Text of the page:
Genetics and Mental Illness Overview

Researchers are uncovering more and more about how the brain is affected by mental health conditions, yet we still can’t definitively pinpoint their underlying causes. If we’re going to prevent mental health conditions from developing, or create medications that do more than just reduce symptoms, we have to be able to identify and understand the biological basis of brain dysfunction.

Researchers are searching the human genome for genes associated with each disease. One researcher said, “Mental health care in the future will be revolutionized by genetics, which will change the way medicine is practiced from a diagnostic standpoint and a treatment standpoint.” In the center of each of our cells is the DNA we inherit from our parents—our human genome contains more than three billion DNA units. Our DNA “programs” our genes, which are segments of DNA that shape how our body is made, how we act and how our brains develop and function.

Genes also guide how our brain cells are made: the connections between them, the networks they create as the brain develops, the chemical messengers that allow brain cells to communicate with each other. 
Unfortunately, things can go wrong with this complicated process. One of the things that can go wrong is basic heredity. We may inherit from our ancestors DNA where critical genes were copied, deleted or programmed incorrectly. These changes can cause genetic defects that can fundamentally change how a brain develops. Researchers have also found that changes can occur in genes for a variety of reasons other than heredity. “Genomics research” in mental health focuses on how genes, and the changes they undergo, influence the development of brain circuitry, brain functions and what may cause brain disorders. 

Recent Findings

We now know that certain gene variations are involved when chemical messages between cells get interrupted. Neurotransmitters are responsible for delivering these chemical messages. Neurotransmitters continue to be studied to better understand what goes on in mental health conditions. For example, researchers noticed that psychosis is linked to too much dopamine in the brain—the belief that one neurotransmitter, dopamine, is responsible for psychosis is the influential “dopamine hypothesis.” Anti-psychotic medications are based on this hypothesis. However, new research suggests a different part of the process may also be key; problems in the glutamate messenger system that produces too much dopamine is a newer area of research. People are now developing medications that target the glutamate system and the neuro-regulators involved in it—GABA and NMDA.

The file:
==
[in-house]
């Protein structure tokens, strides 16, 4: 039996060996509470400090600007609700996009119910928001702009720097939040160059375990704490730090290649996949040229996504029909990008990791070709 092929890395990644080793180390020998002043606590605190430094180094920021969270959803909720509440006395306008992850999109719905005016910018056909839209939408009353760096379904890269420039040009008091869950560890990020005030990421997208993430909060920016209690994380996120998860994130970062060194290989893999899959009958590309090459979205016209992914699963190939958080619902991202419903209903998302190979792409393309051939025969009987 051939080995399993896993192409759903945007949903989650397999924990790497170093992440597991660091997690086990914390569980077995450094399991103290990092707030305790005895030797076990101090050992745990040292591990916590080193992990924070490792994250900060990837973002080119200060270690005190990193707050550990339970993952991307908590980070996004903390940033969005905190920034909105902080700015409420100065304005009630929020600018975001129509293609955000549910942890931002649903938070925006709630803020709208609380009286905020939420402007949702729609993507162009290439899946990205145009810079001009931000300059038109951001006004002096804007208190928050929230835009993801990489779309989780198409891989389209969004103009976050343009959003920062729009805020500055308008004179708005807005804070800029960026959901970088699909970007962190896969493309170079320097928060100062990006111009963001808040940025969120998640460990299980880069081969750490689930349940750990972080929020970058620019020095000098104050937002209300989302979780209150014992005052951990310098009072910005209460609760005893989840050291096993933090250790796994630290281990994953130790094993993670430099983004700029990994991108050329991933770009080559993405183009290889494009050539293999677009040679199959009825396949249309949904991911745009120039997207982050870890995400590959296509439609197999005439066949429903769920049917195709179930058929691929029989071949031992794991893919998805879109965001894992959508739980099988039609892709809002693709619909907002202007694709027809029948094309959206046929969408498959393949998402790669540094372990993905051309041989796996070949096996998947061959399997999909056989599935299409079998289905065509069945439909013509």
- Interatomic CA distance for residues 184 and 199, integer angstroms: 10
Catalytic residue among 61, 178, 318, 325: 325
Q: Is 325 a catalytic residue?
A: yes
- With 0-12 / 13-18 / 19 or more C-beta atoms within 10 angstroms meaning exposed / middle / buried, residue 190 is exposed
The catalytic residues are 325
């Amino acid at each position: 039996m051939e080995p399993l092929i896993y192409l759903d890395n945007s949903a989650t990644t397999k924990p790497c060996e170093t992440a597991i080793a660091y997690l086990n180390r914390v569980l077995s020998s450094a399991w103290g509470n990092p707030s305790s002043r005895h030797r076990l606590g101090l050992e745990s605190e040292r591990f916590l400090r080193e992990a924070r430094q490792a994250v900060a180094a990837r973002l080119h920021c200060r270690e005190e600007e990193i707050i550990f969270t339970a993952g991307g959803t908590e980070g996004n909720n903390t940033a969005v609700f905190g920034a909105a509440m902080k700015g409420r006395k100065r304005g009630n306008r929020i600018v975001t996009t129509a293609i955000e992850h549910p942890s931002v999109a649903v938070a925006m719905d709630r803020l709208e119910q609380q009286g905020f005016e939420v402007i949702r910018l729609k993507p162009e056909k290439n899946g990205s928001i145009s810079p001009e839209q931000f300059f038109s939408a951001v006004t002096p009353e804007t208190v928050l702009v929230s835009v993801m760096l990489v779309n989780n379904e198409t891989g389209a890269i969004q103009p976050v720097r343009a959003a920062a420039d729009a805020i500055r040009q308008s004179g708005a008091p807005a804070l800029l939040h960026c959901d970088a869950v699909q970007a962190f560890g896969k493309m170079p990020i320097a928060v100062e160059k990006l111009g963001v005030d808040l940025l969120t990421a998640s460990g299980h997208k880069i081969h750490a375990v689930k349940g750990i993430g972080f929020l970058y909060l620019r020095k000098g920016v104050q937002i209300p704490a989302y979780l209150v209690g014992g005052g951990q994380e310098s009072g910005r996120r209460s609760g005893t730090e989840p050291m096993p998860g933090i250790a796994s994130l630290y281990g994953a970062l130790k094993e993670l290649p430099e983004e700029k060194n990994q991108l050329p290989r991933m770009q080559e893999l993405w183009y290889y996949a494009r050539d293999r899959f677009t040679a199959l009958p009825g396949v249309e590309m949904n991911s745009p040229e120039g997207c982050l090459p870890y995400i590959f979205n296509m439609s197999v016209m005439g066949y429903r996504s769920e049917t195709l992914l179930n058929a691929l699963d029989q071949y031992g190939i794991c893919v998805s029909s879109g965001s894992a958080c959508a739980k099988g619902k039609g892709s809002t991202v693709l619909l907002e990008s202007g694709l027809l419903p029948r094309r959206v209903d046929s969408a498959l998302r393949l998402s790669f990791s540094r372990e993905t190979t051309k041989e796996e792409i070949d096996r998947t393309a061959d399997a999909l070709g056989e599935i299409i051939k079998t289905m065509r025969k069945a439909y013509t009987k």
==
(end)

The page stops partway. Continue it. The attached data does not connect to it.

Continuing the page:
Researchers have found that there’s a large overlap for genetic risk between schizophrenia and bipolar disorder; the risk is caused by sub-microscopic mutations called “single nucleotide polymorphisms.” These are SNPs, or “snips.” The autism spectrum disorders share the risk of these same mutations. One stretch of genetic code involved in these conditions suggests that the immune system may be involved. The largest analysis of genetics in this area shows that a variation on two genes causes an imbalance of sodium and calcium in the brain and may cause bipolar disorder.

Studies on schizophrenia have found several genetic patterns associated with the condition. A variety of small variations in genes—or copy number variants (CNVs)—account for 30 percent of the risk for schizophrenia. A mutation that deletes certain sections of DNA increased risk of schizophrenia. One extra copy of a certain gene (a rare event) adds a significant amount of risk for schizophrenia. These small variations can be inherited but can also happen spontaneously, which may account for one of the reasons some people develop schizophrenia without having any family history of the condition. 

A recent and controversial area of genomic brain research is neurogenesis. Neurogenesis hypothesizes that brain cells can heal through physical and mental workouts, potentially “healing” damaged cells and creating new ones. Early animal research suggests that anti-depressants and lithium may cause new brain cells development and increase the connection between cells. 

Although none of this genomic research has led to a simple test, such as a blood test, to diagnose mental health conditions, we continue to hope that further research will better enable people to find the best treatment for them.